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Articles on Deception

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A military vehicle destroyed on Feb. 18, 2022, by an explosion in Donetsk, a city in eastern Ukraine controlled by Russian separatists. Nikolai Trishin\TASS via Getty Images

What are false flag attacks – and did Russia stage any to claim justification for invading Ukraine?

Attacking your own side and blaming your foe has a long history and a firm grip on the popular imagination. But the internet makes it difficult to pull off – and less desirable.
The Russian and Ukrainian governments both blamed forces aligned with the other for mortar fire in eastern Ukraine and for using the accusations as justification for increased aggression. AP Photo/Vadim Ghirda

What are false flag attacks – and could Russia make one work in the information age?

Attacking your own side and blaming your foe has a long history and a firm grip on the popular imagination. But the internet makes it difficult to pull off – and less desirable.
Critics of President Joe Biden have accused him of lying. Most American presidents have been accused of deception. Win McNamee/Getty Images

All American presidents have lied – the question is why and when

A political philosopher argues that while all American presidents may lie, those who appear to lie for the public good are often celebrated.
It’s not you; many e-commerce websites are difficult to use by design. fizkes/iStock via Getty Images

What are dark patterns? An online media expert explains

Deceptively labeled buttons, choices that are hard to undo, web designs that hide options – these dark patterns are how some websites trick people into giving up their money and information.
The FTC put companies that sell AI systems on notice: Cross the line with biased products and the law is coming for you. Maciej Frolow/Stone via Getty Images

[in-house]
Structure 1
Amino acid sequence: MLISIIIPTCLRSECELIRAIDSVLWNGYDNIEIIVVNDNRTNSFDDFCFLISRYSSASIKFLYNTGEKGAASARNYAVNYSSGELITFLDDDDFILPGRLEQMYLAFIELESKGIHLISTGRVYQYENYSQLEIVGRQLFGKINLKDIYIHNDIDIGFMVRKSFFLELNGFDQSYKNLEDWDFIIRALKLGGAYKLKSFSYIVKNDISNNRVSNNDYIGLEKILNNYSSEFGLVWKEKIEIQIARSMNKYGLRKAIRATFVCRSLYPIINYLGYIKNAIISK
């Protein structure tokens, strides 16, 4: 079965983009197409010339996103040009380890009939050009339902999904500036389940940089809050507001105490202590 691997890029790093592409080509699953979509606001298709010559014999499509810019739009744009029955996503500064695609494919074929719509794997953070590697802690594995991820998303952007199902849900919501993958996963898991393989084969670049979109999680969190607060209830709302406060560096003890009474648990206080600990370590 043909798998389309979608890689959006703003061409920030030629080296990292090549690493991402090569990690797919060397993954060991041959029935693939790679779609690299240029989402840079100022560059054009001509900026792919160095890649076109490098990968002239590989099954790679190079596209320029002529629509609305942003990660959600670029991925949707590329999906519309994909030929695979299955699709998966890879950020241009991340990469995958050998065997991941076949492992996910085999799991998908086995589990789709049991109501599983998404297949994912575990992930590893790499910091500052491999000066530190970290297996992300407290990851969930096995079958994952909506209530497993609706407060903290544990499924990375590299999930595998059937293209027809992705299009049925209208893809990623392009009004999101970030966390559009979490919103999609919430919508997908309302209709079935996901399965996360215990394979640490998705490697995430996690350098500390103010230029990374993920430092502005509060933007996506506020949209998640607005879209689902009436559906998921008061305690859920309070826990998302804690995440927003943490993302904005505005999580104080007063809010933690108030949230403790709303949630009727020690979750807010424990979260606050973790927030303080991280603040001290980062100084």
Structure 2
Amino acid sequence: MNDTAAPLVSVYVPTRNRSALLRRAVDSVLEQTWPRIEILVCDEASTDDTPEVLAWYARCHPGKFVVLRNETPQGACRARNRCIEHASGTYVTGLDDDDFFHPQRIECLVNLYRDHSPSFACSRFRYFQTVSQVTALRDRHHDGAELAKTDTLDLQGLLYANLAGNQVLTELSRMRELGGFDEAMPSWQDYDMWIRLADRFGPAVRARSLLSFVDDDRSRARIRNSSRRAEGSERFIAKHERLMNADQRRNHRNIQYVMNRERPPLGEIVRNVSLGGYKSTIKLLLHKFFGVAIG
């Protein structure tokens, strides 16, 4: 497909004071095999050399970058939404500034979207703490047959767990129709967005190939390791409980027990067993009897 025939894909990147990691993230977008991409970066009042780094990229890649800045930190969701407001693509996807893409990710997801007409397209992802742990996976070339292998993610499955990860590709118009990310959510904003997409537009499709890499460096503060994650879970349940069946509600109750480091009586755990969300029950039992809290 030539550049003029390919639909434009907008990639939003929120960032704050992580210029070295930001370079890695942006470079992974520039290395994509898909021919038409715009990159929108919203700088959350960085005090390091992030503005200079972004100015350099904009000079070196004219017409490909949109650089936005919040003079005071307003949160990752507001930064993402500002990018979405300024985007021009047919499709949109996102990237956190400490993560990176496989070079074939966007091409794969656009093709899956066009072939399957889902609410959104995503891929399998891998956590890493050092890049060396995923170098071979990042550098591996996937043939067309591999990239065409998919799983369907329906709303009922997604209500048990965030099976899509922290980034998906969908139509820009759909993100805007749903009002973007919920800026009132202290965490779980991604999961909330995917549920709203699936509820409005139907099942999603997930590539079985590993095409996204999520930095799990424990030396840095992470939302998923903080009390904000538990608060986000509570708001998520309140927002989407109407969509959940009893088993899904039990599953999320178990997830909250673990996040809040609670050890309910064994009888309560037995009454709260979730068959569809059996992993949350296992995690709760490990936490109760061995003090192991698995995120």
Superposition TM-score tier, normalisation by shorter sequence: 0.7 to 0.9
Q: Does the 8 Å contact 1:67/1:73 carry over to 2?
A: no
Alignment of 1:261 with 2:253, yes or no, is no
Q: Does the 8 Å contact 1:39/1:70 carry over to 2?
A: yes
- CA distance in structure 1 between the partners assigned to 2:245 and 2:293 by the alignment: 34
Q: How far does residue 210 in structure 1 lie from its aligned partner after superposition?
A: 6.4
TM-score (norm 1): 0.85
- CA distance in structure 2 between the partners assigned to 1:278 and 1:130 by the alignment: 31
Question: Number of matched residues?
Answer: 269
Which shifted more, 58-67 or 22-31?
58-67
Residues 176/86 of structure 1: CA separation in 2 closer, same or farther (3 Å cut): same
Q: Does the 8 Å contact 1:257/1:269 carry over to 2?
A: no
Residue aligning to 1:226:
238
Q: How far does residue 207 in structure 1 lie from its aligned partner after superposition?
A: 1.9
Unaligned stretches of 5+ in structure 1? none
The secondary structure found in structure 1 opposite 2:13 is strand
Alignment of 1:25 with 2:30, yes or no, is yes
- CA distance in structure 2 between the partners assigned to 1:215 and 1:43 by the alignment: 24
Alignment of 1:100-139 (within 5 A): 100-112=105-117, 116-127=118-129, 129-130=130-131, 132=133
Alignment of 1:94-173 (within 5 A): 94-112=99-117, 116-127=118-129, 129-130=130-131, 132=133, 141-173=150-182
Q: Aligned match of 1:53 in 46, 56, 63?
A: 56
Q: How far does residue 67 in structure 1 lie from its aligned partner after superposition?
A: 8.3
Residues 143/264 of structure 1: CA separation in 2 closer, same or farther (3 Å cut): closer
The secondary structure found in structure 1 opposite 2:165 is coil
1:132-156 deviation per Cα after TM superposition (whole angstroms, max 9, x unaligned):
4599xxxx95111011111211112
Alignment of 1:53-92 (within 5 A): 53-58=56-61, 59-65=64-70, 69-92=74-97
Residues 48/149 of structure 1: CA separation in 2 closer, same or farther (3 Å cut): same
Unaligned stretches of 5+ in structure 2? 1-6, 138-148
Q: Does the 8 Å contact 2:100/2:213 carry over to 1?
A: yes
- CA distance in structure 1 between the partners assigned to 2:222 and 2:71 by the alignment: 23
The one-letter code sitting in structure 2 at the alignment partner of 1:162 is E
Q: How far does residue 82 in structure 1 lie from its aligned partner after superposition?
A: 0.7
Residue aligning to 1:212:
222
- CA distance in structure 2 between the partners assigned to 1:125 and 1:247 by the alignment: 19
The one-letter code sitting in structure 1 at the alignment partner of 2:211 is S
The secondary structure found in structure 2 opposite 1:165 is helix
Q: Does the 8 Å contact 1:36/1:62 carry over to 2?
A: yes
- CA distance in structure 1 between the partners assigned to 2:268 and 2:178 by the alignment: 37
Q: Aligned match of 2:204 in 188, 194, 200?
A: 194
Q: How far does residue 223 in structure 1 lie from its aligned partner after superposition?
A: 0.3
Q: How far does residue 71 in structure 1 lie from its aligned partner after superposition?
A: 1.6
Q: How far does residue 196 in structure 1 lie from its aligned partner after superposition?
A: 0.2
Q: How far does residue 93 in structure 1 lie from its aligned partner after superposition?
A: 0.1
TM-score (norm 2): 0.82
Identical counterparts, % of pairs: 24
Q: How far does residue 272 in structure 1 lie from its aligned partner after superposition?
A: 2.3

FTC warns the AI industry: Don’t discriminate, or else

The Federal Trade Commission is rattling its saber at the technology industry over growing public concern about biased AI algorithms. Can the agency back up its threats?
U.S. President Donald Trump speaks with reporters after participating in a video teleconference call with members of the military on Nov. 26, 2020, at the White House in Washington. He reiterated his baseless claims during the news conference that the Nov. 3 election was ‘rigged.’ (AP Photo/Patrick Semansky)

Trump’s lies about the election show how disinformation erodes democracy

If citizens disbelieve the institutions that count ballots and the organizations that accurately report on those results, it will be impossible to agree on what a legitimate election looks like.
Even common knowledge isn’t immune. ledokolua/Shutterstock.com

Writing’s power to deceive

Reading something that sows doubt about a widely agreed-upon fact – even the election of George Washington as president – can have a profound effect.
One day we could have an intelligent robot cook up surprise meals at home. Besjunior/Shutterstock

We need robots that can improvise, but it’s not easy to teach them right from wrong

Robots have already learned to cheat when playing games. How do we teach them morals if we want them more involved in our everyday lives?
It’s actually a big developmental milestone. BlurryMe/Shutterstock.com

Watching children learn how to lie

Psychologists observed young children in real time figuring out how not to tell the truth.

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